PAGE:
Book reviews - poetry (page 2)

Children love to read poetry, and to have it read aloud to them. It is a wonderful way to extend their language skills and reading poetry can encourage them to write their own. I have also included some books of songs and nursery rhymes.

Best-Loved Poems: A Treasury of Verse by Ana Sampson

This well-selected anthology includes classic poems from the likes of Tennyson, Marvell, Byron and Rossetti, alongside the more contemporary voices of Ayres, Larkin and Zephaniah. The collection is divided into themes to suit every mood; this will be popular with teachers looking for themed poems. From magic voyages through antique lands to the wonders of nature and the roar of city life, from love and war to those poems we used to know by heart, this volume is a bold and beautiful array of the finest verse from some of our greatest poets.

A Sailor Went to Sea, Sea, Sea: Favourite Rhymes from an Irish Childhood by Sarah Webb and Steve McCarthy

This is a beautiful book which will capture your attention right from the superbly illustrated front cover. Enjoy Irish favourites, both traditional and modern, such as ‘Brian O’Linn’ and ‘I’ll Tell Me Ma’, ‘My Bonnie Lies Over the Ocean’ and ‘Monday’s Child’. Poetry is always great to read aloud and children will especially enjoy silly rhymes like ‘Beans’, ‘Pardon Me’ and ‘On Top of Spaghetti’. The authors showcased include Oscar Wilde, Oliver St John Gogarty, James Joyce and many others. Each poem is individually illustrated in a style that suits each one, and the overall effect is a lively and vibrant book that will become a popular part of a child's library; once to return to over and over again.

A Poem for Every Day of the Year edited by Allie Esiri

This eclectic collection of 366 poems bring us one to share on every day of the year; how about making a daily poem part of your family bedtime routine?. These poems are funny, thoughtful, inspiring, humbling, informative, quiet, loud, small, epic, peaceful, energetic, upbeat, motivating, and empowering! My only disappointment is that, after seeing the beautiful cover, I expected a more up-market presentation inside the book. However, despite that quibble, this is an excellent anthology which has been carefully thought out to provide plenty of topical material for each month, across a wide range of poets and periods, encompassing old favourites and new discoveries. It will prove a valuable resource for teachers, and a comprehensive anthology for home libraries.

Overheard in a Tower Block: Poems by Joseph Coelho

For those growing up in a big city, the veracity and vividness of these poems will really strike a familiar note; those who live outside big cities will gain a real insight into life in cities. Gazing at the stars from five storeys up, smelling the bins from five storeys below. Overheard arguments, overheard laughter. A disappearing father and a Mermaid-Queen mother; statues that sing for flesh and blood; bullies who kick you under the table; perfect red trainers... these are just some of the topics that make up this varied collection of poems. Award-winning poet Joseph Coelho's astonishing new collection is a powerful and moving poetic narrative about growing up in the city, excellently set off by Kate Milner's black and white drawings which capture the spirit of the poetry.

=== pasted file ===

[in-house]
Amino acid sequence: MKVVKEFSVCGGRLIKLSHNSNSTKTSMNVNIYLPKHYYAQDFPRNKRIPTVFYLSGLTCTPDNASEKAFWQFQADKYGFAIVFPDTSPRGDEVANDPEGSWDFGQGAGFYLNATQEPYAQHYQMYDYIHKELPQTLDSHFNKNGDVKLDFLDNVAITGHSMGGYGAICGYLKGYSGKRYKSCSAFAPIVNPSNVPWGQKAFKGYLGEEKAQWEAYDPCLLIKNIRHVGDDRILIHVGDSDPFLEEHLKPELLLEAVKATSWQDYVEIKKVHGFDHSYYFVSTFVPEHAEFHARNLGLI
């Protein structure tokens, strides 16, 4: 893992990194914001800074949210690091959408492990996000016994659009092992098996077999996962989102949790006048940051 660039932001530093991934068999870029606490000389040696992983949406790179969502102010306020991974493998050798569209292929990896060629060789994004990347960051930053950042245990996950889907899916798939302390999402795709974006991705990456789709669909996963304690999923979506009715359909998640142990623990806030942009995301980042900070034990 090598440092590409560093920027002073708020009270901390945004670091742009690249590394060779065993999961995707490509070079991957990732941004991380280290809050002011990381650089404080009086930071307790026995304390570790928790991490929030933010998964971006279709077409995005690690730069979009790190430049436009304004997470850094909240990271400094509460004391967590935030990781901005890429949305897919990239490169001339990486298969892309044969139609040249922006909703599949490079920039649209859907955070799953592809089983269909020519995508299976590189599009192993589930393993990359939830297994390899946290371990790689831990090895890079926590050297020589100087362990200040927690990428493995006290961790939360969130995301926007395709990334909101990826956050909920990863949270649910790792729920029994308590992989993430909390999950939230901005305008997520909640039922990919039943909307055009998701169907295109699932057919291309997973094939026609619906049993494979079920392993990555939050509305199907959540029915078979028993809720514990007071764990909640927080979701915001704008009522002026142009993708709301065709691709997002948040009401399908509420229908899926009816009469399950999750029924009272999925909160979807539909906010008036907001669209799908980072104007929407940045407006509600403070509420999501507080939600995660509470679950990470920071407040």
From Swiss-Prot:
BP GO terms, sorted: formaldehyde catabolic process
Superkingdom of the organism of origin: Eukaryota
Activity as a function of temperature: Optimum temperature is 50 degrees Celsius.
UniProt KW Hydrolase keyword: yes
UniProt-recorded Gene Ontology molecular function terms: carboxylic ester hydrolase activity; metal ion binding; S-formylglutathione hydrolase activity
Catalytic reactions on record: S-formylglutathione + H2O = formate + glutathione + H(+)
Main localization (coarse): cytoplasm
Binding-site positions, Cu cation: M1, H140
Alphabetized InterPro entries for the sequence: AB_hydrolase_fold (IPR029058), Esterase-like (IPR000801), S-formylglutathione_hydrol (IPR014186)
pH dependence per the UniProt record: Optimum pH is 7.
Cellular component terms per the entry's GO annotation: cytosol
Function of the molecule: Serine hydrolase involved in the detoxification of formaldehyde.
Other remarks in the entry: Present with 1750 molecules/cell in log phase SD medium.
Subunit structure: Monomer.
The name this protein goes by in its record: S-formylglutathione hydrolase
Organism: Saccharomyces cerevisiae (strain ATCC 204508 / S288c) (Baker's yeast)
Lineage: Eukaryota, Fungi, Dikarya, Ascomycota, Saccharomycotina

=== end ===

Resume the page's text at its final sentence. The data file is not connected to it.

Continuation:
ALL THE WILD WONDERS: POEMS OF OUR EARTH EDITED BY WENDY COOLING

Frances Lincoln produce some lovely poetry books, always superbly presented and illustrated, and here is another excellent addition to their catalogue. In this celebration of our Earth, distinguished anthologist Wendy Cooling has chosen poems to make children look, think, and ask questions. It's a well-chosen collection with a wide variety of styles from poets including Grace Nicholls, Thomas Hardy, Benjamin Zephaniah, Alfred Lord Tennyson and other poets from all over the world Colourful but subtle watercolours by Piet Grobler reflect the theme of each poem perfectly and the lively pictures adorn each page giving the book a lovely feel of action and liveliness. A really good book for the home library and an inspiring collection for classroom use.

Tickling With Words: Creatures, Teachers and Cheesy Queasy Features by John Townsend

I love sharing poetry with children and this chunky hardback book with its colourful pages would make a perfect gift to encourage children to enjoy poetry. Packed with ridiculous rhymes and gut-busting gags all set in scenarios familiar to children, from Trick and Treat to school assemblies, these are perfect for reading aloud. The book is a great introduction to poetry as children cannot fail to respond to the humour and light-hearted approach. The poems are perfectly set off by Stef Murphy's colourful illustrations.

Where Zebras Go by Sue Hardy-Dawson

Join a talented poet in her first solo collection, celebrating the diversity of the animal kingdom. Get ready to join in the Poetry Olympics, question a snake, talk to a toad and learn 20 ways to avoid monsters and mythical beasts. Where Zebras Go will lead you leads you on a magical journey across the savannah, into fairytale realms, back into the playground and through the seasons,with a super variety of poems showing off many different styles. This diverse collection of poems makes excellent use of many different ways of presenting poetry, with a wide and varied vocabulary to enjoy. It will also inspire children by its variety of form.

How to be a Tiger by George Szirtes

This super collection of poems really extends the imagination with its highly enjoyable range and variety. Leap with hares, call out to the sun, run with the wind, pull silly faces with monkeys, watch out for the bear in the bathroom and meet a burping princess! A fantastic new collection for younger children from a prize-winning poet. These poems are perfect for curious young minds, ready for adventures, and they are ideal for sharing and reading aloud.

The World's Greatest Space Cadet by James Carter

We often overlook poetry when we are encouraging children to read, but poems can be a great way to develop reading skills - here we have a collection that is ideal to stimulate interest with its super variety of different forms of poetry. Join poet James Carter on a journey through space and time: meet everyone from a Viking warrior to a crazed cat - and travel from planet Earth to the very edges of the universe...This wonderful collection is the perfect way to get children interested in poetry.

A Rocketful of Space Poems by John Foster